February 2018 Featured Ethnographic Film: Kanraxël
A UNIQUE DOCUMENTARY ABOUT LINGUISTIC AND CULTURAL DIVERSITY IN A SETTING TOO OFTEN PORTRAYED AS TRIBAL, ISOLATED AND UNDERDEVELOPED.
You can request a copy of the film for public screenings or educational purposes by emailing Royal Anthropological Institute firstname.lastname@example.org * All profits made from the sale of this film through RAI will go to the association of the inhabitants of Agnack Grand. You can also purchase your own copy or stream from anywhere in the world on your mobile device, tablet or tv through Vimeo on demand.
Summer 2017 Featured Ethnographic Film Maker: Nora Wildenauer
Fighting for Nothing to Happen
Featured at the RAI Ethnographic Film Festival, the award-winning ethnographic film Fighting for Nothing to Happen documents forced migration beyond the European refugee crisis. After the volcanic eruption of Mount Rokatenda, the people of the island Pulau Palue in east Indonesia shall be relocated. But are the planned relocation and the ‘new’ life at the neighboring Pulau Besar really promising? The documentary is based on three months of ethnographic fieldwork and accompanies Father Cyrillus, priest and employee of a Christian NGO, in his efforts to promote and drive forward the relocation project.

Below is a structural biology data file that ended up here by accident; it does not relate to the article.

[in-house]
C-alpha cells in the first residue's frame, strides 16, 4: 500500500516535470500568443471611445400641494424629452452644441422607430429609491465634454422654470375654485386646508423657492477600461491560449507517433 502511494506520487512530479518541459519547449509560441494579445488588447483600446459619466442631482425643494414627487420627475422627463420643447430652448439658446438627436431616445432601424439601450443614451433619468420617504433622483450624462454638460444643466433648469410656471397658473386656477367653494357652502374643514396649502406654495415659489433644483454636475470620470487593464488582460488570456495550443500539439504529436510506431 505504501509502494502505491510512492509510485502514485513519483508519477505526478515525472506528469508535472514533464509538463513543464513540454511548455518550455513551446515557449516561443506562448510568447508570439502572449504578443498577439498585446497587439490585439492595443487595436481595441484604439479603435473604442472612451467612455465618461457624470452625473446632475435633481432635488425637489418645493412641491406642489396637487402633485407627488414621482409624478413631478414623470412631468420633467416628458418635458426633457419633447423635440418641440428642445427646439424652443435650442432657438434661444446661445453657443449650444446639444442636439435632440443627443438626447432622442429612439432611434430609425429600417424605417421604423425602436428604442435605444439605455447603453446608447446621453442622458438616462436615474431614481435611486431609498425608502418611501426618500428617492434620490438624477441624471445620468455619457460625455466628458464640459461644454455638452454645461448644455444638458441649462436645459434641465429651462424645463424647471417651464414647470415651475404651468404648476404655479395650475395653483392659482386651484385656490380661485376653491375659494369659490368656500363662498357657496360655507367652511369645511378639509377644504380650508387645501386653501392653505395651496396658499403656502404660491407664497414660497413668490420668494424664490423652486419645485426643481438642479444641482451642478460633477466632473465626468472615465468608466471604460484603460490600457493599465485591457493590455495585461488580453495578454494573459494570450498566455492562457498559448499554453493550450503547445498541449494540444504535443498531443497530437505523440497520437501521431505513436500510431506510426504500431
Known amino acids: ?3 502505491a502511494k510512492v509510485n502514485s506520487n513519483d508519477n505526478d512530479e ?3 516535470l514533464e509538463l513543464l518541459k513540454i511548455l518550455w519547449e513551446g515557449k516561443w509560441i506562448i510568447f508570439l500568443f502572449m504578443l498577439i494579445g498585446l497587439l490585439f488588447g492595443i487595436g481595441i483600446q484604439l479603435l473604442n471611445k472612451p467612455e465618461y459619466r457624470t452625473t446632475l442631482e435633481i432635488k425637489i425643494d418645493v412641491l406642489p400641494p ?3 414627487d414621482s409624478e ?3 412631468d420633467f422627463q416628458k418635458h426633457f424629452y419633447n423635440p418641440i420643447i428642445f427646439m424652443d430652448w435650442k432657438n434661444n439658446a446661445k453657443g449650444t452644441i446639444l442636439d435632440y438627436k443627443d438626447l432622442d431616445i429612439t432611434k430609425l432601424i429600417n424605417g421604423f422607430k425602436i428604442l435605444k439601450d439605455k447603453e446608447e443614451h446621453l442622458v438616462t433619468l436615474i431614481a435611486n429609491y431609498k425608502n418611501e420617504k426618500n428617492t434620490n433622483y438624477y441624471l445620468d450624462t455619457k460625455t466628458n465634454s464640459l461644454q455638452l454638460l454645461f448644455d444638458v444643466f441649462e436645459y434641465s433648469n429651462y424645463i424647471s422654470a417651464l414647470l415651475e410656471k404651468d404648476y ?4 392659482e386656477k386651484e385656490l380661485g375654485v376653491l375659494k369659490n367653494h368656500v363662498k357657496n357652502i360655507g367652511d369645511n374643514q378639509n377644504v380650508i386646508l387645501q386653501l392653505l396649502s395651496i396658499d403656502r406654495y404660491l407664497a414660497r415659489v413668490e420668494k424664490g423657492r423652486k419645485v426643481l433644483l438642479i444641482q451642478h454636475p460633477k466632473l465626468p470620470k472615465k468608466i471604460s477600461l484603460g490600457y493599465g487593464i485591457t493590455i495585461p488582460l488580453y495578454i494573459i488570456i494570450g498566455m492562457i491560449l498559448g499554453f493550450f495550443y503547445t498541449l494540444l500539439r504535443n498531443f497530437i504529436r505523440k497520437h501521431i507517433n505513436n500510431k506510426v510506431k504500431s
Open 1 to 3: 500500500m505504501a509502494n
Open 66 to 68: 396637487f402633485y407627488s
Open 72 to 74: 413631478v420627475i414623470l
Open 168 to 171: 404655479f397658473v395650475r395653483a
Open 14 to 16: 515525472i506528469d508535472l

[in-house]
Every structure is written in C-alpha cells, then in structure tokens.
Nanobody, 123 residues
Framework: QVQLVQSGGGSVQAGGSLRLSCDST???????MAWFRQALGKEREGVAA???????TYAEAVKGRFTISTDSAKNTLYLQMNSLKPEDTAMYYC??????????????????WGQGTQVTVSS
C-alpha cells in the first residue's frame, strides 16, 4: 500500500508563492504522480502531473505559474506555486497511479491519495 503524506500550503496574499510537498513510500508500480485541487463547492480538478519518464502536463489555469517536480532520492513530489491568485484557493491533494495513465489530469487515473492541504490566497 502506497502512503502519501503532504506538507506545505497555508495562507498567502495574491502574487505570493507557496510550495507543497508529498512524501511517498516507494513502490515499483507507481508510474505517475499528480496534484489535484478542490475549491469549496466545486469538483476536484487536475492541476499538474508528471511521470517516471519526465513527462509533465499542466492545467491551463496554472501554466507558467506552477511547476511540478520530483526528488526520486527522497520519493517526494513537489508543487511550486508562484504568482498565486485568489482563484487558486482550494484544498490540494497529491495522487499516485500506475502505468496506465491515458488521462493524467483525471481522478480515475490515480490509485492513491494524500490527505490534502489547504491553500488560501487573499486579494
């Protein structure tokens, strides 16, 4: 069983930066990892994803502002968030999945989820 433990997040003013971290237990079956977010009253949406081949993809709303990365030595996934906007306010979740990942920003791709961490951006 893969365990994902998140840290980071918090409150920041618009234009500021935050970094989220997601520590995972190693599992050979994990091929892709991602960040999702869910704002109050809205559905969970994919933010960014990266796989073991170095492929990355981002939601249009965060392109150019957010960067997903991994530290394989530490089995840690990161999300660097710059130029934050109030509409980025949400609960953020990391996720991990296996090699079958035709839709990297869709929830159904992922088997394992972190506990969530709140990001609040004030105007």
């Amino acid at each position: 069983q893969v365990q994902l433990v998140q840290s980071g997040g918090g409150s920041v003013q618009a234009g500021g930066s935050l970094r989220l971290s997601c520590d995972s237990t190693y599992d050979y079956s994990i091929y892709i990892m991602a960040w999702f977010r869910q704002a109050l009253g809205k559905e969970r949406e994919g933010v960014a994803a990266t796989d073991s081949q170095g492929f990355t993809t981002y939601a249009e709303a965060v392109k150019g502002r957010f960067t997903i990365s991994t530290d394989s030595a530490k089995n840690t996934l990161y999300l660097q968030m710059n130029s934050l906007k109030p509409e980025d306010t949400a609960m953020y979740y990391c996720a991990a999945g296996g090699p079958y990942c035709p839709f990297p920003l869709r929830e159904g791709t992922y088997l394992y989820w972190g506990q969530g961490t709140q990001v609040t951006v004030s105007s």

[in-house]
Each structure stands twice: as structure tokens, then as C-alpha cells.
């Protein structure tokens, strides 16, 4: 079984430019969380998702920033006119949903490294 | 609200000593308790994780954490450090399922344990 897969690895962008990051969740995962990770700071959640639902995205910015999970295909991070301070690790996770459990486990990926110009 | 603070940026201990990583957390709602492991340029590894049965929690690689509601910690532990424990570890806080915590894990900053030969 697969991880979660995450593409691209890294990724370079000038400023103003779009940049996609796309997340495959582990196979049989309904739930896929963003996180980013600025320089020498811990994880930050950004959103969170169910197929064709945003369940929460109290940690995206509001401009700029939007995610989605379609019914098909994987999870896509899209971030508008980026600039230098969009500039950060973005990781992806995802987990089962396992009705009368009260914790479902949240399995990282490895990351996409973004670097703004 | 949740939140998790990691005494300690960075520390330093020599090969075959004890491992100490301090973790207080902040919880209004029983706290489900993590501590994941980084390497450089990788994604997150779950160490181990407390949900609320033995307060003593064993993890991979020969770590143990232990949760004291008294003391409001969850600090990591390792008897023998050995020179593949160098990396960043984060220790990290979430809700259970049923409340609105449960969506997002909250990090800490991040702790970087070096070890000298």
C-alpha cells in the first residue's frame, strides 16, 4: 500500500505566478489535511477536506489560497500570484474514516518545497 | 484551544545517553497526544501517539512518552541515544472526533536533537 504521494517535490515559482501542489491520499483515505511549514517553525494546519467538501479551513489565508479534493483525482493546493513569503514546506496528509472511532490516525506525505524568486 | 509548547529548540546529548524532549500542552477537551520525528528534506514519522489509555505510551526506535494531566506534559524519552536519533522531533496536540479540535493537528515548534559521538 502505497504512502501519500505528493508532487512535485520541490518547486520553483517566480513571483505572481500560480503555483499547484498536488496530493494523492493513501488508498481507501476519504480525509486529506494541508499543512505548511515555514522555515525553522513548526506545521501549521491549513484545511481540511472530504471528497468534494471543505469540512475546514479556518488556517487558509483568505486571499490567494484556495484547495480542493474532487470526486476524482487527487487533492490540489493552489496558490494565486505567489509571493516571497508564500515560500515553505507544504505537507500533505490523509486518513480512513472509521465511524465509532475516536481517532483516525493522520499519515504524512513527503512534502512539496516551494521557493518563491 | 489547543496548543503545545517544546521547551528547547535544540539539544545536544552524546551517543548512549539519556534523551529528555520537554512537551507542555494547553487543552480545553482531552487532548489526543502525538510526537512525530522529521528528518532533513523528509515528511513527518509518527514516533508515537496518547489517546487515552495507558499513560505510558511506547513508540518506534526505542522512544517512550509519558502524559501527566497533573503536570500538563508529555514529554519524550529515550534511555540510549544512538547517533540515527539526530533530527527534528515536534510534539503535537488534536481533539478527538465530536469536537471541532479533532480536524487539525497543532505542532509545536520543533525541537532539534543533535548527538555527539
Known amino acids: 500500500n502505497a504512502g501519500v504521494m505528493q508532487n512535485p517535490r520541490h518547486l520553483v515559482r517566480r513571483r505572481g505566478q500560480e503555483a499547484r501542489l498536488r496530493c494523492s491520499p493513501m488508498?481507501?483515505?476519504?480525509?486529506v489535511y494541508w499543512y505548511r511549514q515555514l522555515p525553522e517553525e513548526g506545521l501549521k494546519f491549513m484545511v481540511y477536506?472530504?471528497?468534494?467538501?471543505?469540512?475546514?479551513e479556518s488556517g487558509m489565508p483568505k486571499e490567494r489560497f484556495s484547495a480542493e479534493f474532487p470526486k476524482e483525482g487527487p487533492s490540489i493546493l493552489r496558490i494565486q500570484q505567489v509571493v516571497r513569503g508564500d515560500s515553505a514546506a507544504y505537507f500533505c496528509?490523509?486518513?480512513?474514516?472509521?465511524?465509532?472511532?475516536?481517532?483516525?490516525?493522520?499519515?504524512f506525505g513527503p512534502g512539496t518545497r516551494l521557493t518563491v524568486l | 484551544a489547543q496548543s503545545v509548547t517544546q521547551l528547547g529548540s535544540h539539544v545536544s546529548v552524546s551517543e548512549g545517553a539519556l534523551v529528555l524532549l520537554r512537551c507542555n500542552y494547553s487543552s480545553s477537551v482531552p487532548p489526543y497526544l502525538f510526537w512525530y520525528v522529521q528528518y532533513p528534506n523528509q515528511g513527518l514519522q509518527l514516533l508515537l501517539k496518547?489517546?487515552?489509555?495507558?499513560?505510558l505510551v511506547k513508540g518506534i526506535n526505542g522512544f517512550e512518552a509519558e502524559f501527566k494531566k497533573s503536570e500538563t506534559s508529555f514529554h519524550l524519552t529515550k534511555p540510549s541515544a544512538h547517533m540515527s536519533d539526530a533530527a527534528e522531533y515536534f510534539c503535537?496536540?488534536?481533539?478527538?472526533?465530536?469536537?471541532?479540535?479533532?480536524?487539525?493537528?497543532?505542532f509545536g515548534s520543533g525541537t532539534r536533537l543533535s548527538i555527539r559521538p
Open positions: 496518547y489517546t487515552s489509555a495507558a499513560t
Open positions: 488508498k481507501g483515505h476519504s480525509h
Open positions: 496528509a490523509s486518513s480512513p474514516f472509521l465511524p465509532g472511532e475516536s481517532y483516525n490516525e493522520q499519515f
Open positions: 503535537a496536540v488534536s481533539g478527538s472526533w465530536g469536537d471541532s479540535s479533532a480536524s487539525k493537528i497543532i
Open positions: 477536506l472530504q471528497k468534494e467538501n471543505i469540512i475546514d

The film is distributed on DVD and on digital formats by the Royal Anthropological Institute (RAI), and it is part of the Alexander Street Press Anthropology collection, accessible to institutional subscribers. If you are affiliated to an educational institution, search for the film on your library catalogue. If your institution is a subscriber, you will be able to view the film online. To purchase a copy of the film from the RAI follow this link: https://raifilm.org.uk/films/fighting-for-nothing-to-happen/
Read Nora’s testimonial on the film
Spring 2017 Featured Ethnographic Film Maker: Paloma Yáñez Serrano
Paloma provides reflections on Nosso Morro and its implications for teaching anthropology here:
Paloma provides reflections on City Play and its implications for teaching anthropology here: